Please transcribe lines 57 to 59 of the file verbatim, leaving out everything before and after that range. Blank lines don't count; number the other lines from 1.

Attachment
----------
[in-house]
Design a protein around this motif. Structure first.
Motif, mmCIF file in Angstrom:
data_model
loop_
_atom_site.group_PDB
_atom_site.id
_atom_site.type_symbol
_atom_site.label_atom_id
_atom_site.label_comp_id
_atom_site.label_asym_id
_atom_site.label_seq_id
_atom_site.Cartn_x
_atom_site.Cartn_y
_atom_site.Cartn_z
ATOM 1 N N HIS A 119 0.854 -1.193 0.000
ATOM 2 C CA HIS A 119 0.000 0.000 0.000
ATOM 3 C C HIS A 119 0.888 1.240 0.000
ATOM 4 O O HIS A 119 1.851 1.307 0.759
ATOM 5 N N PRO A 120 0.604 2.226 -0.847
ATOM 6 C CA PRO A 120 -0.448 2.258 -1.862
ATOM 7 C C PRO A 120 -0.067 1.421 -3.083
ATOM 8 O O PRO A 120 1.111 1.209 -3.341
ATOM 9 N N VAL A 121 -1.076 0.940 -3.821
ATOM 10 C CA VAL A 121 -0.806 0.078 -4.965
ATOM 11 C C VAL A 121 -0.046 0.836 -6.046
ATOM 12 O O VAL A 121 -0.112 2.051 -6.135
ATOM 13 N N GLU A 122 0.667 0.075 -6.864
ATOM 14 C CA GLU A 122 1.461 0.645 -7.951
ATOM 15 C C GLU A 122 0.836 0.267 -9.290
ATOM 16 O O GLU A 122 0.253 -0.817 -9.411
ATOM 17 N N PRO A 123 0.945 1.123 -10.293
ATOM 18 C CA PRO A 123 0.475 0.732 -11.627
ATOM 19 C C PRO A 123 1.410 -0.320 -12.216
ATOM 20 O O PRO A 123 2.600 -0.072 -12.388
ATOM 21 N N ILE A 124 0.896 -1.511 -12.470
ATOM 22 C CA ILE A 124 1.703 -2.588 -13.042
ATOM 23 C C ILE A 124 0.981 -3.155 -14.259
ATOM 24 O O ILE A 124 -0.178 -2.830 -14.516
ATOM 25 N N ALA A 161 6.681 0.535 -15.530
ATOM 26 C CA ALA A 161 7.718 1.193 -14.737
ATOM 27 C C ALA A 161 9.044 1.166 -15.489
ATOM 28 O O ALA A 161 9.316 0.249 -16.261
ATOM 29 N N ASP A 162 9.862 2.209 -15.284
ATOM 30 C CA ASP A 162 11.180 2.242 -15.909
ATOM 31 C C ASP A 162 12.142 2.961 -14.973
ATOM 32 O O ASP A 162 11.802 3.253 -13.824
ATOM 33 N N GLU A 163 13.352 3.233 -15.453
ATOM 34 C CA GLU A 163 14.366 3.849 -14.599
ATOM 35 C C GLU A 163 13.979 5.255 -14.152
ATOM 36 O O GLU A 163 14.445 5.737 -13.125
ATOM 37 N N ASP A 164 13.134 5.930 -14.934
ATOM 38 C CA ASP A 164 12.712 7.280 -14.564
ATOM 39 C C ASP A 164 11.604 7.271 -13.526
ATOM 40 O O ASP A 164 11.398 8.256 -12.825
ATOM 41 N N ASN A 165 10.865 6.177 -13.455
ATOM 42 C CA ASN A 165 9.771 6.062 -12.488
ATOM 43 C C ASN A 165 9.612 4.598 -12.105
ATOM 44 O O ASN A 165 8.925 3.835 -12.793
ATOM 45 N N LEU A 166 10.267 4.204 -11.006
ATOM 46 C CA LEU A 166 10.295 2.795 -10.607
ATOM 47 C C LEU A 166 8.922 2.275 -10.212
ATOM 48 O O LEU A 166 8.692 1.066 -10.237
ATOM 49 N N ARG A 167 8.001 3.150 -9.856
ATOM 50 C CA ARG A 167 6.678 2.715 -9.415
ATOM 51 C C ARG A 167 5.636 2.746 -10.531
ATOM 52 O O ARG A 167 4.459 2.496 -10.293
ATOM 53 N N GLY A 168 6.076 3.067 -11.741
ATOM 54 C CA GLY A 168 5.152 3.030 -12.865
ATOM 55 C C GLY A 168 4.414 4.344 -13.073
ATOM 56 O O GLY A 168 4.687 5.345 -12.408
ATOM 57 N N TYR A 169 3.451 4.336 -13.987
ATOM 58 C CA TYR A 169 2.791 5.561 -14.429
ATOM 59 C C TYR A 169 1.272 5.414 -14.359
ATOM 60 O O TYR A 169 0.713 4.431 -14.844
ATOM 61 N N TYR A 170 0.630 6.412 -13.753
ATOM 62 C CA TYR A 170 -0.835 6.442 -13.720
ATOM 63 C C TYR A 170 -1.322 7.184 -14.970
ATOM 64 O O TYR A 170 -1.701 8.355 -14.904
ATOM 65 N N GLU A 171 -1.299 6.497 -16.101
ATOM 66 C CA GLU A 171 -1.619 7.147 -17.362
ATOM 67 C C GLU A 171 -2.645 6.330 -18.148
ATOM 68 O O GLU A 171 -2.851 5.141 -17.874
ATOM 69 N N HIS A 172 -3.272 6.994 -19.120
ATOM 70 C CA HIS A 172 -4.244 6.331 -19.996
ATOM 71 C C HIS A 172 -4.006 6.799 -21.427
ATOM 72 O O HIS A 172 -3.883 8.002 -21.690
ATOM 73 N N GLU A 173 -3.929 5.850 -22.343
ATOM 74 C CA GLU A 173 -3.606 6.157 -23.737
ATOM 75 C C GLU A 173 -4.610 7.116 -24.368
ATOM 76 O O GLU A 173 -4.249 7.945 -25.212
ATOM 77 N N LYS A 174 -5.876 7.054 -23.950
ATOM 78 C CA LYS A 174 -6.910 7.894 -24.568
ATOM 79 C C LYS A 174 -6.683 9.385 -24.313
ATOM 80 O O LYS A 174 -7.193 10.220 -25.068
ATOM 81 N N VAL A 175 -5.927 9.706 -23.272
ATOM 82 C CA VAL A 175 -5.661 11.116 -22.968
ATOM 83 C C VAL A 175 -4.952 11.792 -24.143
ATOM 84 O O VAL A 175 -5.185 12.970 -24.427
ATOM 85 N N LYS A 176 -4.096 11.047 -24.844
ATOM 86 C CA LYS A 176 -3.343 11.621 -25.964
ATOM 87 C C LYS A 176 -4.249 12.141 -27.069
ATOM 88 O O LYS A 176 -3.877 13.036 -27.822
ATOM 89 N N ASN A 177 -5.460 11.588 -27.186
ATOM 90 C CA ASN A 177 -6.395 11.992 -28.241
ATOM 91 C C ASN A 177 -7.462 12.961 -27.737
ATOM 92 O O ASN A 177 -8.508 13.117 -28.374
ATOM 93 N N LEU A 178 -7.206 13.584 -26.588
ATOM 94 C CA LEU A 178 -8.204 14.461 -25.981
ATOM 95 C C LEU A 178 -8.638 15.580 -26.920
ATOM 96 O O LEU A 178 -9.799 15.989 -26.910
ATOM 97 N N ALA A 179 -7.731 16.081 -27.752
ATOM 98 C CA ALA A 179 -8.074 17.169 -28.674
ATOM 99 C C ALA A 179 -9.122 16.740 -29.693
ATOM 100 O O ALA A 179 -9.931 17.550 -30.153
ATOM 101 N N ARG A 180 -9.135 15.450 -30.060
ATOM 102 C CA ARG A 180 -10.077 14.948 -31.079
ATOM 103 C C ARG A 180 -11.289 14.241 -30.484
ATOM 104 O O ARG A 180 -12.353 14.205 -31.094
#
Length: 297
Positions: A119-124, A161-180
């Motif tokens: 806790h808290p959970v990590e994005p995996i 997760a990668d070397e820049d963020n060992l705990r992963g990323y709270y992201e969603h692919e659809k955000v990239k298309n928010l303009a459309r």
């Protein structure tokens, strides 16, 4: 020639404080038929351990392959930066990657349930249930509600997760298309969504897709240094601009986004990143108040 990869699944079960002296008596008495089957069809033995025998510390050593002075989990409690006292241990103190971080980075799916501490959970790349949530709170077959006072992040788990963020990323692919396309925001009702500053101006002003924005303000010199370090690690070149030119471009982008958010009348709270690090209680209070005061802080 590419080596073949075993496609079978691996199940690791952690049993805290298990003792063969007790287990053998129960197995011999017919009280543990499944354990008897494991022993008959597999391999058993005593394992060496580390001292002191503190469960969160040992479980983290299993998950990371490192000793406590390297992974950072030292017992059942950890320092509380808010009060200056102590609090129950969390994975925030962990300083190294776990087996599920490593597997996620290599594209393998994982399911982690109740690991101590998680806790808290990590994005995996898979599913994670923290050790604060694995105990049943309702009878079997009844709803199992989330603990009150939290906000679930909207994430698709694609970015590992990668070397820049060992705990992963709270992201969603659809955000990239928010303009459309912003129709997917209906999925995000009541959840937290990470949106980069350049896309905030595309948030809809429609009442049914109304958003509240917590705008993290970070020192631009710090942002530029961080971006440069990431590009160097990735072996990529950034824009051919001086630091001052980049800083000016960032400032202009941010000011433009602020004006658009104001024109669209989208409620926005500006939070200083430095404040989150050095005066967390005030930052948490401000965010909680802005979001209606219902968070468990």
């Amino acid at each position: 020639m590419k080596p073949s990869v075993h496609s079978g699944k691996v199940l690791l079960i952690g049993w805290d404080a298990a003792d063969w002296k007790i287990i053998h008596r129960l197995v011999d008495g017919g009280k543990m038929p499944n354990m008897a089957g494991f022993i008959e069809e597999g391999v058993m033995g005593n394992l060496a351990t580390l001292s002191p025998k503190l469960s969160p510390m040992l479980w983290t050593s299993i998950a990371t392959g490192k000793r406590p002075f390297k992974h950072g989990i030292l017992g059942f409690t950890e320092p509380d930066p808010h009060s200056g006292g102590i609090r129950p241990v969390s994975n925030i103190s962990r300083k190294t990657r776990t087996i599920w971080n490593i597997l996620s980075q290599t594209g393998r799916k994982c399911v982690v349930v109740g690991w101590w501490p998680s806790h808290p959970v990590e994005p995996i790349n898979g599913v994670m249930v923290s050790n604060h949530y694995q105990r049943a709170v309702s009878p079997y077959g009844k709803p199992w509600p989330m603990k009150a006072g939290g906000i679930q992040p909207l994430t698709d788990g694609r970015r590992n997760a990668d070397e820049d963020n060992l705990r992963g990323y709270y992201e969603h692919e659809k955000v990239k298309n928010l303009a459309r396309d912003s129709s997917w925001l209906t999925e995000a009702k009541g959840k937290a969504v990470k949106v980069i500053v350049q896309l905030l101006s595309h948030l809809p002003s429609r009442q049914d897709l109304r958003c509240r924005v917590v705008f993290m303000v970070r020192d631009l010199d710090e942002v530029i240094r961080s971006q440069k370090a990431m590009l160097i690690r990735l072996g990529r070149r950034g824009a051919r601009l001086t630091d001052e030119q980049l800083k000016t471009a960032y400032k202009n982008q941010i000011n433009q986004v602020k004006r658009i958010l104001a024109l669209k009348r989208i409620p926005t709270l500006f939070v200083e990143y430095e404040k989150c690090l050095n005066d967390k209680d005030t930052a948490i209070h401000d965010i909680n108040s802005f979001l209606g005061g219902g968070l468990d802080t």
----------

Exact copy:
ATOM 42 C CA ASN A 165 9.771 6.062 -12.488
ATOM 43 C C ASN A 165 9.612 4.598 -12.105
ATOM 44 O O ASN A 165 8.925 3.835 -12.793